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**Due to sexual content and heavy subject matter, this book is recommended for ages 16+**
Fiercely liberal Monica Remy prefers to blend in. Despite her tattoos, piercings, and outspoken personality, she transferred to Central to escape—before she finds out that her next door neighbor is the uber conservative governor's son, Trey Chapman.
No matter how hard she tries to avoid Trey, he still finds a way to get under her skin. Monica can’t stand his crisp white shirts or his staunch views on women. But she can’t help counting every freckle on his face and wondering what it would feel like to have him stop talking politics and kiss her.
A class debate project forces the unlikely pair to work together, and the political lines are blurred in late-night make out sessions. But despite their fiery chemistry, Trey’s politics threatens to smother their relationship for good.
When I had first read the summary, I was automatically intrigued by the whole "suit wearing conservative falls for the wild liberal," idea, but I will admit to being a bit nervous about the whole political edge to the novel (because I know nothing about politics), and am glad to say that the author presented the information in an engaging and easily understood way.
The Only Exception revolves around a tattooed, young woman named Monica Remy who has just transferred schools in an attempt to run away from her disturbingly traumatic past and begin afresh at a new school. In an effort to begin a new life without any distractions, she decides to focus solely on her studies and classes, not on socializing and especially not on the opposite sex. Unfortunately, fate decides to intervene when she meets a certain boy named Trey Chapman, who also happens to be Governor Chapman's youngest son... and her new next door neighbor. Although Monica cannot help but feel an instant physical attraction to Trey, one prominent thing stands in their way: Trey is a true conservative Republican who adorns only dress shirts and matching slacks, whereas, Monica is the complete opposite as a "bleeding-heart" liberal with red hair and piercings.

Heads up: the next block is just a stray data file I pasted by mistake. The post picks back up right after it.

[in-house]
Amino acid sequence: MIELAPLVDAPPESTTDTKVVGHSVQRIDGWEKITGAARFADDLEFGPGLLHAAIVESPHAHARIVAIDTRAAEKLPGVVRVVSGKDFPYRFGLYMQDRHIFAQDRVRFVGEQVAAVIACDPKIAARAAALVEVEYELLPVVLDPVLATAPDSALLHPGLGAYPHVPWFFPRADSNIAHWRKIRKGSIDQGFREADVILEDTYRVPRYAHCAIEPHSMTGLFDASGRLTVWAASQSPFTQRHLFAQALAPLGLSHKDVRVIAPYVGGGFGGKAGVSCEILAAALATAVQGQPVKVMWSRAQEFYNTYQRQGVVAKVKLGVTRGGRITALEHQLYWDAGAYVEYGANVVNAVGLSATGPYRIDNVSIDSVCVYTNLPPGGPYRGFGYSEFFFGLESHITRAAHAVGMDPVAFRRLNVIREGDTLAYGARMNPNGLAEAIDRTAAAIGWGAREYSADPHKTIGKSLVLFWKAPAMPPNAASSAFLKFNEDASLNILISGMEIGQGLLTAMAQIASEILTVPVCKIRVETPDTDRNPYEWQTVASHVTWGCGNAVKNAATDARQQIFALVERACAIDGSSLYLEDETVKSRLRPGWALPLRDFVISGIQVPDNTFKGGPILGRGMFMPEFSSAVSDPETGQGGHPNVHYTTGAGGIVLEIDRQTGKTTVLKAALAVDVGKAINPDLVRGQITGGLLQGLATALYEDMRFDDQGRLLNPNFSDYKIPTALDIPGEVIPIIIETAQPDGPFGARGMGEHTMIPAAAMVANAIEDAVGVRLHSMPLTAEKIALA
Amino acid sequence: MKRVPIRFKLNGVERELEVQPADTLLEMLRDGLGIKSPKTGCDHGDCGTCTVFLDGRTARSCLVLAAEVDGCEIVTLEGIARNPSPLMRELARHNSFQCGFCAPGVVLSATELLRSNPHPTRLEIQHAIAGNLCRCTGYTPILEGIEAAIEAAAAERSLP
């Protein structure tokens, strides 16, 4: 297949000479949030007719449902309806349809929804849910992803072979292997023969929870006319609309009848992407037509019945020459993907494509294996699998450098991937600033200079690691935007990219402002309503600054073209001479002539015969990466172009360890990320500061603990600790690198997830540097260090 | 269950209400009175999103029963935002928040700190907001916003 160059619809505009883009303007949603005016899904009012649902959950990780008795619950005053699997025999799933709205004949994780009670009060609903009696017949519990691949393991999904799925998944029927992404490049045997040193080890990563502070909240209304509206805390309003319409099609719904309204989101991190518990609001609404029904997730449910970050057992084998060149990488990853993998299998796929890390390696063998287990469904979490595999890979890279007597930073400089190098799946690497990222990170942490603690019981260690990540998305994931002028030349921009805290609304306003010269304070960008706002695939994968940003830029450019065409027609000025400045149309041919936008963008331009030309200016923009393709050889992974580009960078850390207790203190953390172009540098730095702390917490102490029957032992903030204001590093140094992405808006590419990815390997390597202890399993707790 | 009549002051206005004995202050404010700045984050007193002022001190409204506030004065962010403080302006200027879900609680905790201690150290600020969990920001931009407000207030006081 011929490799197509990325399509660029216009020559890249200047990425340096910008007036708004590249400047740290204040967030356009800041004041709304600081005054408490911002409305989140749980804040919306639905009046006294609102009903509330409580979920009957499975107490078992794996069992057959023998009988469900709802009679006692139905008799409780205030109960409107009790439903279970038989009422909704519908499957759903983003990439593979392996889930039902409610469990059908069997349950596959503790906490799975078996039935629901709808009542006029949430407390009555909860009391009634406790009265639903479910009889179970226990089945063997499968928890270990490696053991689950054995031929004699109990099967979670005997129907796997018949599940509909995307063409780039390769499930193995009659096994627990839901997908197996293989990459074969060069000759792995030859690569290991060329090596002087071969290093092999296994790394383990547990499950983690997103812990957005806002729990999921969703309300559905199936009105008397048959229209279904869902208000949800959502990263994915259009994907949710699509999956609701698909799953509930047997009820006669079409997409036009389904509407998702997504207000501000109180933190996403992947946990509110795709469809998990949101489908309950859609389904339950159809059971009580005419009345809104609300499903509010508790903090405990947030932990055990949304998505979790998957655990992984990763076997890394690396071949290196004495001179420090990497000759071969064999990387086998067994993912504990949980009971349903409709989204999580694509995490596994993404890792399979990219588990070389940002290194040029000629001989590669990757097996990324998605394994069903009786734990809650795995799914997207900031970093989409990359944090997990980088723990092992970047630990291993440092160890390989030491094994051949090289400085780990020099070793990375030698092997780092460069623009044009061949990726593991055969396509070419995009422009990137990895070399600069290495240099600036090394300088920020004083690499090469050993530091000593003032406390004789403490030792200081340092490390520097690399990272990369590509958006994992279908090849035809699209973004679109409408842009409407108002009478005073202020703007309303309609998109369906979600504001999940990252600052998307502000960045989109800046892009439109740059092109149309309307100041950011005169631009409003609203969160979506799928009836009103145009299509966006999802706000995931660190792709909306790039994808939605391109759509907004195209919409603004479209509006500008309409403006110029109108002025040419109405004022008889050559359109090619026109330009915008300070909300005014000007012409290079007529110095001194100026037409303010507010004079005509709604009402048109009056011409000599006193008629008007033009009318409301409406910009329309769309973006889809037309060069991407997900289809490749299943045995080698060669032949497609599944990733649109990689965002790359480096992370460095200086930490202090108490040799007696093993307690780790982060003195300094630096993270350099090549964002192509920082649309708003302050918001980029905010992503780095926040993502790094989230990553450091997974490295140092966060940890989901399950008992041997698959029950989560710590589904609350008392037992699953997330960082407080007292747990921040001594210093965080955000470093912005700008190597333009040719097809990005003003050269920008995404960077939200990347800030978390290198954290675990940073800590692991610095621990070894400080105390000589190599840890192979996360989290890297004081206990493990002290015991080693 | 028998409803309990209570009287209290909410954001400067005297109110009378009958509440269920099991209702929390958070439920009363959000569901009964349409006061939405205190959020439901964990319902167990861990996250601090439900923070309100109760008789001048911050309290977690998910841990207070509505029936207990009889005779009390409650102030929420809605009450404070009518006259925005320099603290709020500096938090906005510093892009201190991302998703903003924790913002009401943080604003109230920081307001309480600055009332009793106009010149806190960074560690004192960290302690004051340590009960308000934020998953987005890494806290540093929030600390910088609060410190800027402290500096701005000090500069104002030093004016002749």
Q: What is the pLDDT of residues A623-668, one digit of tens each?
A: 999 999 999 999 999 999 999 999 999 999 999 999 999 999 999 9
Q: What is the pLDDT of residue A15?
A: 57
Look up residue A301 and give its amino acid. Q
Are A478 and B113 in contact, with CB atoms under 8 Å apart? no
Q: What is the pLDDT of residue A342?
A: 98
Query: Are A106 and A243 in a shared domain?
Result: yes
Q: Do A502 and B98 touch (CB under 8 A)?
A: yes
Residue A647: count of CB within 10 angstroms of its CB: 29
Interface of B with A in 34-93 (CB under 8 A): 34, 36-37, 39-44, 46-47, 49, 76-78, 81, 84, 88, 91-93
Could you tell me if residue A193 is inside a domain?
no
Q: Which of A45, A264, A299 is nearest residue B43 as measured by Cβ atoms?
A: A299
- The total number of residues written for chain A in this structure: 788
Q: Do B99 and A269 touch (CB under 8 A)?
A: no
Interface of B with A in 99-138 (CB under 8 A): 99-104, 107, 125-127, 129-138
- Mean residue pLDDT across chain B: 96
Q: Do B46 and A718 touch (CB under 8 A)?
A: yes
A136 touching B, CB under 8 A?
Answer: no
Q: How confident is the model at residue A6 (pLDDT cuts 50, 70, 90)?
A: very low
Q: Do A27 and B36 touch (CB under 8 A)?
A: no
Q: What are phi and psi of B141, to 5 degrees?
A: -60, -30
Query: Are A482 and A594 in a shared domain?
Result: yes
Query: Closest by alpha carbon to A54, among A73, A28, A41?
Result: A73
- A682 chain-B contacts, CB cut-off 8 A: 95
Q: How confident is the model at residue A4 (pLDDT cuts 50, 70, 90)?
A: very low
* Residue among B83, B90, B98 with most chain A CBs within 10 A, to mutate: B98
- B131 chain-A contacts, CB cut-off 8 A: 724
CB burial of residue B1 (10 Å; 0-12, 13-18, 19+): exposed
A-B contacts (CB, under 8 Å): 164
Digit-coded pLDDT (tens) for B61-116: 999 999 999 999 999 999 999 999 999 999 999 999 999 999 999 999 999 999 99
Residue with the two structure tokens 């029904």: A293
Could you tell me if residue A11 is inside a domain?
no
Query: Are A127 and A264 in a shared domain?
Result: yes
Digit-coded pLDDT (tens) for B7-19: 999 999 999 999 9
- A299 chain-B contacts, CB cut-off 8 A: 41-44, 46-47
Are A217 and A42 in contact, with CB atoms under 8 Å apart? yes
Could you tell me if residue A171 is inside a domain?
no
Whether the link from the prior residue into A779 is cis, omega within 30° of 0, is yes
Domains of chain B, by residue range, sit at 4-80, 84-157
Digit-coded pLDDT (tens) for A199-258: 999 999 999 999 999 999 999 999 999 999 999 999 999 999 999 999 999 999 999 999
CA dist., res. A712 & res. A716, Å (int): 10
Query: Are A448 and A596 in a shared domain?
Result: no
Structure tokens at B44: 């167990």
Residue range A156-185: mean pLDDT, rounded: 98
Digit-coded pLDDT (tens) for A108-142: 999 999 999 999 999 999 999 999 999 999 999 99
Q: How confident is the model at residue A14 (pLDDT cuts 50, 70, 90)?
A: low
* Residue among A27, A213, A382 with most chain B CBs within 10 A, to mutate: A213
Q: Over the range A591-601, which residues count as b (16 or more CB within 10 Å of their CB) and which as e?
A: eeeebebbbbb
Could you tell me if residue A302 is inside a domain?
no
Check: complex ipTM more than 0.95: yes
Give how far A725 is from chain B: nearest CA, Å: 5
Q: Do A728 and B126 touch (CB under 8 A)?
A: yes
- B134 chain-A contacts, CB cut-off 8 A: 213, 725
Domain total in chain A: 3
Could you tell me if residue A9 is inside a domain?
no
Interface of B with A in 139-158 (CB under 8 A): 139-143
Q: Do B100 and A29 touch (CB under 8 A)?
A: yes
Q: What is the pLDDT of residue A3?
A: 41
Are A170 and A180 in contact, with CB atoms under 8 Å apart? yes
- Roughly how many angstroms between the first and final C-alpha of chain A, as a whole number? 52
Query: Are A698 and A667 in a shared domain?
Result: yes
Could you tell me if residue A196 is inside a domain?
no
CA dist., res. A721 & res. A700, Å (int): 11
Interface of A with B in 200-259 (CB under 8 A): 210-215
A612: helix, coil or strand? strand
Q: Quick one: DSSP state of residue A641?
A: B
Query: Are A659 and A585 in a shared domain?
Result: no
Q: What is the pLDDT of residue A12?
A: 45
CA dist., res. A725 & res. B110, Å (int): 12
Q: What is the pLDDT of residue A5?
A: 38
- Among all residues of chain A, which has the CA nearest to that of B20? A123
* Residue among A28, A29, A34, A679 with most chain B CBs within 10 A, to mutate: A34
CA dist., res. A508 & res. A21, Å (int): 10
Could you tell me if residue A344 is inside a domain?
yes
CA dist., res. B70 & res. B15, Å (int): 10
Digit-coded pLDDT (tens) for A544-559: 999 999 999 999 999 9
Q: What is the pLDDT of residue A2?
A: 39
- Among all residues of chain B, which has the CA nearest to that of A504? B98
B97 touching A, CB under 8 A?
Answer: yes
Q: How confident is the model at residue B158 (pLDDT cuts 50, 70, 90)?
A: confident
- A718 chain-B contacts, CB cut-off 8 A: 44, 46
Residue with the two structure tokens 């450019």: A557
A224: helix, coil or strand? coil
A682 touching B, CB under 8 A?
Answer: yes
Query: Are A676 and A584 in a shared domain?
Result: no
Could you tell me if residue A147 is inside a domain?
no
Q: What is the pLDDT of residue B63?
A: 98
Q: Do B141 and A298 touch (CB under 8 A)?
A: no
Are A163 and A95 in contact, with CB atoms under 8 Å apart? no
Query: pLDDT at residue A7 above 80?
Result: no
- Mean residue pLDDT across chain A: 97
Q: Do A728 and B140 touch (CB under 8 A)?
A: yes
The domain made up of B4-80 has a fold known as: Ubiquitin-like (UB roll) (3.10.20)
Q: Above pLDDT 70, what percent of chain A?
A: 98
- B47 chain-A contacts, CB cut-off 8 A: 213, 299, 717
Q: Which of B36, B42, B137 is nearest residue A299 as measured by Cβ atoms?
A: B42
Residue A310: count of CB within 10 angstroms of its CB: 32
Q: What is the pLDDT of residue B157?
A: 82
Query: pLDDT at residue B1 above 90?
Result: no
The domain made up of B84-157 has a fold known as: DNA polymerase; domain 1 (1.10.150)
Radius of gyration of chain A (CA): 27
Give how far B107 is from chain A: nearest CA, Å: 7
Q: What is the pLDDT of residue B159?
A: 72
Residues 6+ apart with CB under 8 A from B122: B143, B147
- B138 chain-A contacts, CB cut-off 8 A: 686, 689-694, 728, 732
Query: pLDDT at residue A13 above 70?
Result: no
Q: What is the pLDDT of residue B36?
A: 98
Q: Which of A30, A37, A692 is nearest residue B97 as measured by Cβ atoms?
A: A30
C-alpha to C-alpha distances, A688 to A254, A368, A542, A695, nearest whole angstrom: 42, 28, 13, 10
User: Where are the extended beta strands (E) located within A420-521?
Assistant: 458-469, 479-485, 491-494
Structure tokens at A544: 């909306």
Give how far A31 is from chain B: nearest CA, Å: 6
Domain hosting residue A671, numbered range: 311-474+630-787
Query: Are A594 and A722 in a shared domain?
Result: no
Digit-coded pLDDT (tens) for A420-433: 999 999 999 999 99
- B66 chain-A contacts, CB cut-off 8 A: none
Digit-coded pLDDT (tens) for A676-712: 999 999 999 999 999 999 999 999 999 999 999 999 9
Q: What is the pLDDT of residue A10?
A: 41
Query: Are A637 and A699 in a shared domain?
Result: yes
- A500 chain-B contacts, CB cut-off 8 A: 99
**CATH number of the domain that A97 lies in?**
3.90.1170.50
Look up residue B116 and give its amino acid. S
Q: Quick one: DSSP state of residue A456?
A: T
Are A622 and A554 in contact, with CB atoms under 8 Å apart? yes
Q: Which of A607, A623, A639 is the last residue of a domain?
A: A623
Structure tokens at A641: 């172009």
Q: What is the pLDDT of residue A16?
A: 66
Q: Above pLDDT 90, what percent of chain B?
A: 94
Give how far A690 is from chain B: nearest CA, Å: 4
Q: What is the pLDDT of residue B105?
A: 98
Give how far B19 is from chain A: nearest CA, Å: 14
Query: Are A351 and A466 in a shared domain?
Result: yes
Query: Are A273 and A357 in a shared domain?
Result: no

When the two are forced to work together as partners for a project, they must learn to put aside their opposing political views in favor of working together towards a common goal. But what happens when these physical and political opponents start to feel an ardent connection that is unfamiliar to the both of them, at the same time as when Monica's past starts to catch up to her the closer she gets to Trey?
What I liked about this book:
Firstly, the blurb was a hook, line, and sinker for me! One of my guilty pleasures (less guilty, more pleasure) in books is when the main characters are total opposites but they still fall for each other despite their differences... *sniffles*. So although I know absolutely nothing about politics, I was still intrigued.
Speaking of politics, I was a bit nervous about that aspect of this novel because like I said, it's not my cup of tea. Be that as it may, I'm happy to say that the author presented it in such a way that even if you aren't interested in the political aspects of life, you'd still be able to follow along, as well as understand what they're talking about, and like it!
Another thing I totally adored was Trey! He's not your average "tall, attractive, good-at-everything-and-anything" type of character - he had flaws! Most authors have a tendency of presenting the lead male character as perfection incarnate, with no flaws or ticks or anything! Trey wasn't like that; he had things that needed to be taught to him and he wasn't "the complete package", which I thoroughly enjoyed and found brilliantly refreshing.
What I disliked about this book:
It took me a minute to really care about the characters in a substantial way. I understood them and liked them, but I didn't get completely involved and absorbed into their stories and attitudes until about mid-way through the novel.
Ultimately, this was a satisfying story about how two opposing individuals can overcome a drastic and traumatic past with true love that conquers all.
3 1/2 Targets!
Magan Vernon is a Young Adult and New Adult writer who lives with her family in the insurance capital of the world. She is in a very serious, fake relationship with Adam Lambert and constantly asks her husband to wear guyliner. He still refuses. She also believes her husband is secretly an alien, disguised as a southern gentleman.